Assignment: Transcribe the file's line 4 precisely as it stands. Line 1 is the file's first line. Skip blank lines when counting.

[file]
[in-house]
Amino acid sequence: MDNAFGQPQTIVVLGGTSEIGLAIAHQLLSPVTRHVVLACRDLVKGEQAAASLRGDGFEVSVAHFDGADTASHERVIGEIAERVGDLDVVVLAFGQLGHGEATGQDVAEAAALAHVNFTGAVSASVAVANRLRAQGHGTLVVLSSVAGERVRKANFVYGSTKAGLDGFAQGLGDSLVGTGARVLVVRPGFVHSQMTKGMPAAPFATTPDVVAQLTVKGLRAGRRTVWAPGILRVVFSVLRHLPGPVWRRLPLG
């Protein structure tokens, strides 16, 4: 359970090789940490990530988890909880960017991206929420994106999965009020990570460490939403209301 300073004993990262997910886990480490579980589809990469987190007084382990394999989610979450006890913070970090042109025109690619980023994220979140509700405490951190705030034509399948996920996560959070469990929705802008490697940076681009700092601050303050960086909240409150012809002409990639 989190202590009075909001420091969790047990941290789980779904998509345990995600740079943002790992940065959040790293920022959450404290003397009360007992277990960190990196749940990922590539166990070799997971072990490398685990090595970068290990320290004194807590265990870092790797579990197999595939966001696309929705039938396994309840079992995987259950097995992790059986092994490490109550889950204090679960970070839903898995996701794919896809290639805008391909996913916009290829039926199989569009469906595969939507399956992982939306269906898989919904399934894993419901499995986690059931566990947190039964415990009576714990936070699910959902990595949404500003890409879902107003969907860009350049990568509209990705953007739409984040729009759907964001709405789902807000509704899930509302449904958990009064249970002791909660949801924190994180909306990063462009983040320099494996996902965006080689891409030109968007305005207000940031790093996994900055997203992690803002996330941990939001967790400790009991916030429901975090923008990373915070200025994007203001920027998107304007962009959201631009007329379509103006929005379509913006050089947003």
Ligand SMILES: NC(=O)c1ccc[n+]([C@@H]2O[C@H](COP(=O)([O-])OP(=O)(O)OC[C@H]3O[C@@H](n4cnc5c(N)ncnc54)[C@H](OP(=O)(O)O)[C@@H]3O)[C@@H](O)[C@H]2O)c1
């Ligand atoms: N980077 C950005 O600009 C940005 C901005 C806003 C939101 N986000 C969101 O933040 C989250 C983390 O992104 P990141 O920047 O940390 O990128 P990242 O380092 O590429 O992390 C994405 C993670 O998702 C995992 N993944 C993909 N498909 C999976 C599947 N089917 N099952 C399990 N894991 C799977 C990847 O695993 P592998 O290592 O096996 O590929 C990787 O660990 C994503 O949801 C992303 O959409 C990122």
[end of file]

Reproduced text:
Ligand SMILES: NC(=O)c1ccc[n+]([C@@H]2O[C@H](COP(=O)([O-])OP(=O)(O)OC[C@H]3O[C@@H](n4cnc5c(N)ncnc54)[C@H](OP(=O)(O)O)[C@@H]3O)[C@@H](O)[C@H]2O)c1